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WRR: citizens inadequately protected against analysis and use big data
The Dutch Scientific Council for Government Policy concludes that the current rules to protect citizens inadequate because they only focus on collecting and sharing data. New rules are needed, concludes the advisory body.
The WRR breaks big data process into three stages: collection, analysis and use of data. Because the legal rules only focus at this time on the collection and sharing of data, drop analysis and use of the data being outside the rules, so that the new rules are needed. The Board does not recommend increasing the regulations on data collection, as this is a big part of the “promise of Big Data would nip in the bud.”
The Board therefore proposes a number of new core components for the use of big data, such as the codification of the responsibility of a data-processing batch and strict enforcement of the ban on automated decision-making and control of semi-automated decision making in the use phase. The latter means that a system no independent action may take on the basis of their own interpretation of data. The preference is for the board to a combination of big-data analysis and human review. The council cites the US example in which computers people establish a no-fly list without human judgment.Also need for citizens and civil society organizations, such as civil rights movements, opportunities come to making laws and policies around big data application legally keys. The WRR wants to further that new rules on the permissible margins of error in the drafting of profiles in the phase in which data are analyzed, including by strengthening supervision of the algorithms used for the analyzes.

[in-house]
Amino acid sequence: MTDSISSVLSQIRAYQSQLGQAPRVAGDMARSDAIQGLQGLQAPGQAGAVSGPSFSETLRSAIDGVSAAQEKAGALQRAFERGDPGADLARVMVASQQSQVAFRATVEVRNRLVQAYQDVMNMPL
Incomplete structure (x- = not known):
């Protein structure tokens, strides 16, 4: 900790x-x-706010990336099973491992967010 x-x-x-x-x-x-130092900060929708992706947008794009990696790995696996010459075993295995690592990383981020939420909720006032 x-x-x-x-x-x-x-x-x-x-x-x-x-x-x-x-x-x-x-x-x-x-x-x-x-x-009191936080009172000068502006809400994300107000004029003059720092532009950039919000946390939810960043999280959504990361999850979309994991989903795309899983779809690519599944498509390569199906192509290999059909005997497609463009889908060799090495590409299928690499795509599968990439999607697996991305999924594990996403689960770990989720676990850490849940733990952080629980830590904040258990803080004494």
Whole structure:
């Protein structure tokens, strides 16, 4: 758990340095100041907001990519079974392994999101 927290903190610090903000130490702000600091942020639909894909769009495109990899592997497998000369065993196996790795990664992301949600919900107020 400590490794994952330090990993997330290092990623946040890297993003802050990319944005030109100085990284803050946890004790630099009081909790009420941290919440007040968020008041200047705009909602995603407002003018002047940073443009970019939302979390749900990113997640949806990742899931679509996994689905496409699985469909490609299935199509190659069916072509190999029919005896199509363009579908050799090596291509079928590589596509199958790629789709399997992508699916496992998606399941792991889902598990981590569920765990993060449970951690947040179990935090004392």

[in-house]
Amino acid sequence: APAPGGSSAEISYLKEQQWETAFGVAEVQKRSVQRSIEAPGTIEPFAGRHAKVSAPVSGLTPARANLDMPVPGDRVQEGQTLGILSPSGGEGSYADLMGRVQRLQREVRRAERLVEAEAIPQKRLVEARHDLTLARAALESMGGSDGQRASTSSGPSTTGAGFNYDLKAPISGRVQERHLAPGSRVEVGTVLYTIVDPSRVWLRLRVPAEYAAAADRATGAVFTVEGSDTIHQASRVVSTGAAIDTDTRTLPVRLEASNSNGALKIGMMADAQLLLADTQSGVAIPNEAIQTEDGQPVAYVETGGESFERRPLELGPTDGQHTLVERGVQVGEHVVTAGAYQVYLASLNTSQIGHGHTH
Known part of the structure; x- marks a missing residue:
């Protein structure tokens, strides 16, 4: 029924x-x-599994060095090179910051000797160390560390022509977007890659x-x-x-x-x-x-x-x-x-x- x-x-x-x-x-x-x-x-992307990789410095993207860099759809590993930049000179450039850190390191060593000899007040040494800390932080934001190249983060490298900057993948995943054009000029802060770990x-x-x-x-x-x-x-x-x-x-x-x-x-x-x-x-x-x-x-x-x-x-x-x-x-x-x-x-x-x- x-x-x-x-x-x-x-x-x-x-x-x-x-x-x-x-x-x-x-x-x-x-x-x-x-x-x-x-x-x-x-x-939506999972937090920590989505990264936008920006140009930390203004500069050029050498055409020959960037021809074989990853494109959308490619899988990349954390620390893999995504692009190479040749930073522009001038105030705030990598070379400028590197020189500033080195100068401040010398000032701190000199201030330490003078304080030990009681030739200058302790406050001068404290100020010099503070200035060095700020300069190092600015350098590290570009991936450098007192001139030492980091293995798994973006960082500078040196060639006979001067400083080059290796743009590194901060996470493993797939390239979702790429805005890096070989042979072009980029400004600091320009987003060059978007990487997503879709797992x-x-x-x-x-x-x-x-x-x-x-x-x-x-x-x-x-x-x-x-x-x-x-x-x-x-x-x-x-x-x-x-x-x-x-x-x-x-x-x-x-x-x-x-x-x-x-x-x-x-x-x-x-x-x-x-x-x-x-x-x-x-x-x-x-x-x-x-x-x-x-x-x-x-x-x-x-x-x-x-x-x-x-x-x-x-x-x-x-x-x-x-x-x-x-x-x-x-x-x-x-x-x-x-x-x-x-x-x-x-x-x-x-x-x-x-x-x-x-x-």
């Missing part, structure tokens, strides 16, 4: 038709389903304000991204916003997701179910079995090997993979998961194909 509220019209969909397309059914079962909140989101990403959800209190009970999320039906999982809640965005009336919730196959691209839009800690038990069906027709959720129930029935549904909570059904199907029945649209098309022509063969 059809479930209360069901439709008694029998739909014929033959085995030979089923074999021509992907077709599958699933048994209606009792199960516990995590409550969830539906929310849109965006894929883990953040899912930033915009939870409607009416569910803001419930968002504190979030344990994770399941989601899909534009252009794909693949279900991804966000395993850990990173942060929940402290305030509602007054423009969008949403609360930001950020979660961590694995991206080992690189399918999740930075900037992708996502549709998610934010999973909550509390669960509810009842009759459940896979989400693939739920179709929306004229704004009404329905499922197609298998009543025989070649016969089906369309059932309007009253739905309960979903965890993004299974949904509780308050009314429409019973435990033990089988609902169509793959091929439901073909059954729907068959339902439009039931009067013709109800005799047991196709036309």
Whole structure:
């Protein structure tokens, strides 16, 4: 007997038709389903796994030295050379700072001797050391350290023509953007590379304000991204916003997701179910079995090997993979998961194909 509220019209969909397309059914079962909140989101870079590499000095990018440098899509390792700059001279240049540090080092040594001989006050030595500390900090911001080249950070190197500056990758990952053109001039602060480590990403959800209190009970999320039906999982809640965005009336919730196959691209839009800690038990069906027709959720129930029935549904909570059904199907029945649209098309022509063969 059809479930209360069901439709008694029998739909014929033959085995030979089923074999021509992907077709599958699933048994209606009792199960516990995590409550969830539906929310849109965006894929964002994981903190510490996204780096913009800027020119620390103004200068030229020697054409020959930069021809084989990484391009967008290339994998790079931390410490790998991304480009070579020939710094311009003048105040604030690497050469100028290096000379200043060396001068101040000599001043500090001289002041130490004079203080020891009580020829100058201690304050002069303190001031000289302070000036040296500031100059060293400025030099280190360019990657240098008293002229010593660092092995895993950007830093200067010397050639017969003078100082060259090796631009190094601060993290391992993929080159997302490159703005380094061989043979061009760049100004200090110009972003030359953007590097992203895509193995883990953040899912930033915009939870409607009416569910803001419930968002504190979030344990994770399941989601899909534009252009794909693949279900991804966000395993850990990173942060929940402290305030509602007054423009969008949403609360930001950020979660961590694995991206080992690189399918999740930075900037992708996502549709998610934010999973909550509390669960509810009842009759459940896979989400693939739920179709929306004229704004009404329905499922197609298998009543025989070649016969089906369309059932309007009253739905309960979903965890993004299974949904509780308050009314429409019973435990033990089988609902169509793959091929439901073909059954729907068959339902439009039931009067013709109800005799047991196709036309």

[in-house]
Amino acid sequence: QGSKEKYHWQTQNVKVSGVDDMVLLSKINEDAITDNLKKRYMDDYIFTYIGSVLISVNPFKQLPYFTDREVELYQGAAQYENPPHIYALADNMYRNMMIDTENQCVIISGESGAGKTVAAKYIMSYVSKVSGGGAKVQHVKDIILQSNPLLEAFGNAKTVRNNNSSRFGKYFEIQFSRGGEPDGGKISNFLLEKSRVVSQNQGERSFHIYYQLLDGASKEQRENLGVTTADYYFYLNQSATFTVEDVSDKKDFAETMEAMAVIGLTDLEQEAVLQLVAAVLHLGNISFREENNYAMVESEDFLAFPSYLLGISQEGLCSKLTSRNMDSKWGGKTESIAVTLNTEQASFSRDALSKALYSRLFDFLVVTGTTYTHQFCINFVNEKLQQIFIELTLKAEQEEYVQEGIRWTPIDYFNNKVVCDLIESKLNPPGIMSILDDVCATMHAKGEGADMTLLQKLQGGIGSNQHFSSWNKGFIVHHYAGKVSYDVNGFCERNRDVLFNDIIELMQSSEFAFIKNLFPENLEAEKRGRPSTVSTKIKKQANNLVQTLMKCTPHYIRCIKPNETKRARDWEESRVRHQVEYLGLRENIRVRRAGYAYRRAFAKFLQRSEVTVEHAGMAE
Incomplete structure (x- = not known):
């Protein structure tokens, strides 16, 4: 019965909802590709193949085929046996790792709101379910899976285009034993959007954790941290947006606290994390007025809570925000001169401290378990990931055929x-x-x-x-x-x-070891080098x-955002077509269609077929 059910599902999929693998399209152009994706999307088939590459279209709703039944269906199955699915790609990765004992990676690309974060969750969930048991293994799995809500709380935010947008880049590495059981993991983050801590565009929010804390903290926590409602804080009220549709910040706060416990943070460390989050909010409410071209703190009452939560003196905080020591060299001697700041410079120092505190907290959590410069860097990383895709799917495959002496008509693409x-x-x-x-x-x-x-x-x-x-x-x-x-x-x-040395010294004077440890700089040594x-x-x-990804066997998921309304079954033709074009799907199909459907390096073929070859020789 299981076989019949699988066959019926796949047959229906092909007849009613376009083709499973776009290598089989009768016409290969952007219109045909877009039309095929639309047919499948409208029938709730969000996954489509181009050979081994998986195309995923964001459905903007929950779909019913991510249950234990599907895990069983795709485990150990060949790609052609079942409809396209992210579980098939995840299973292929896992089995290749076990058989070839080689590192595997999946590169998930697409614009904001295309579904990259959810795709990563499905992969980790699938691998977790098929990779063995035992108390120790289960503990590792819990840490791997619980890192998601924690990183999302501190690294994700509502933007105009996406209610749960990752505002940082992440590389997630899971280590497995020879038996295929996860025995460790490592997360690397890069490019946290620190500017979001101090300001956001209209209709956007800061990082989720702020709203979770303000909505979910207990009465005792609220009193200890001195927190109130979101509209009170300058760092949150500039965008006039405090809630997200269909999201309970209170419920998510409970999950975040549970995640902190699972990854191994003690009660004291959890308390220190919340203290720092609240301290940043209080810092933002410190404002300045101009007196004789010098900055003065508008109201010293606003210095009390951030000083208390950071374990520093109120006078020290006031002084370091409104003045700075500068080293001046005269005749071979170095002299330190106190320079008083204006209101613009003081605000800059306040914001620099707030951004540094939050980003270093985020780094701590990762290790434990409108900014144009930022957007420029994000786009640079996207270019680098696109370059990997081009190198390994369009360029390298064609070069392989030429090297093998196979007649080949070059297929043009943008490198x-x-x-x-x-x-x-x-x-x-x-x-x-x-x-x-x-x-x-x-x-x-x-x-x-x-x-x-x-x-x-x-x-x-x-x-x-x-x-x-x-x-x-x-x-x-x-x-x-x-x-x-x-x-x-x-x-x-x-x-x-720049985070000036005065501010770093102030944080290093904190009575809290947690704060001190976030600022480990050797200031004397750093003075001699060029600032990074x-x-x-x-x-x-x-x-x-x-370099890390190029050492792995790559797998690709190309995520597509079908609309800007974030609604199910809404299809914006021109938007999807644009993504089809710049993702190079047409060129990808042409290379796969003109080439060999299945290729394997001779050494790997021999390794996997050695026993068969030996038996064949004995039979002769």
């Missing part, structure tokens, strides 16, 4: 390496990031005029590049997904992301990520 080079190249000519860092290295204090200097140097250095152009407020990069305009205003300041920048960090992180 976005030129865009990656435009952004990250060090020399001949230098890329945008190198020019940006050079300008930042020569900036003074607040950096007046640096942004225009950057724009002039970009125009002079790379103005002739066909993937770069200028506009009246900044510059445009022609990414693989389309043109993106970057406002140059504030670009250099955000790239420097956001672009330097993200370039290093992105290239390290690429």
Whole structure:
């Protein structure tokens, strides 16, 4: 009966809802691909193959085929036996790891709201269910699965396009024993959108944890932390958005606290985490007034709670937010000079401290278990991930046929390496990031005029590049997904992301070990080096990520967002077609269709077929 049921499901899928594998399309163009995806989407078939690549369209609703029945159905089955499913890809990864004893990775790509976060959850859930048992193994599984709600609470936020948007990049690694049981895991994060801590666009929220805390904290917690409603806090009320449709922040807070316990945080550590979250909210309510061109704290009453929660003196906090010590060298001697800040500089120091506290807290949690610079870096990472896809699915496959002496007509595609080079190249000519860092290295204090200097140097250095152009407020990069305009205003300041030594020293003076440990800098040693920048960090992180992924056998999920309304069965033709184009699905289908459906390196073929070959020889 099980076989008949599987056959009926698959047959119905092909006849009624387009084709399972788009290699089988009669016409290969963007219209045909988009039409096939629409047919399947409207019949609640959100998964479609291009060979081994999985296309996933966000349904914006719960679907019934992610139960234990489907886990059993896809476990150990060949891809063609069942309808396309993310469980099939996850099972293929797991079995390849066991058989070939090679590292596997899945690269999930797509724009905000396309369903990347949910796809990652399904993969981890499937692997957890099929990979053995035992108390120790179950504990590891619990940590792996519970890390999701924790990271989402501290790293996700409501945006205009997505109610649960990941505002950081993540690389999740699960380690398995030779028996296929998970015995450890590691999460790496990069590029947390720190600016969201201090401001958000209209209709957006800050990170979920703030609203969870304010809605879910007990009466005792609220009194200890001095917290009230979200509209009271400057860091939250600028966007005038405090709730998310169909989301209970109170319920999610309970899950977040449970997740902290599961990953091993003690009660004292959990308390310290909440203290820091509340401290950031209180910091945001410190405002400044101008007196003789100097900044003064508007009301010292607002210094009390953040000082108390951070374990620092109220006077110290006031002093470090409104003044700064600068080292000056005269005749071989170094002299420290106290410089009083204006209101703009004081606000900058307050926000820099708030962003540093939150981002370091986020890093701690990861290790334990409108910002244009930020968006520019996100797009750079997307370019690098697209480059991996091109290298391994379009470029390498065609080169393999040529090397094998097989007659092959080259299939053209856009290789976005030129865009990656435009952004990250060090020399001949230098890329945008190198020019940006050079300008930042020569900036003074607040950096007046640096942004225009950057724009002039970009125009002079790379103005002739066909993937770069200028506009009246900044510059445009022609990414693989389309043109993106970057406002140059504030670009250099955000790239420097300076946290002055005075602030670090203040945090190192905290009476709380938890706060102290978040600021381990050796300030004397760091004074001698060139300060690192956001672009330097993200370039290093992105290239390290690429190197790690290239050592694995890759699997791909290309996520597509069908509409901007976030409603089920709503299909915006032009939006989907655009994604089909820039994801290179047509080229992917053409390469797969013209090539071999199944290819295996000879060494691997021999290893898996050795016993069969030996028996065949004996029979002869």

The WRR does indicate in the report that it is not easy to identify “how and to what extent big data manifests itself in the Dutch security domain.” This is because there is often secrecy and experimental applications.
One of the core elements of the new framework should also provide more clarity on what authorities with the processing of data intended for safety. One of the concerns is, for example, that the data that has been collected for a particular purpose, can also be used for something else. All this also requires an additional investment in the knowledge of the softening of big data analysis by regulators such as the Authority’s personal data and the Commission’s monitoring of the intelligence and security services. The WRR made the report at the request of the government and can be download via the advisory website.Viewing:-114
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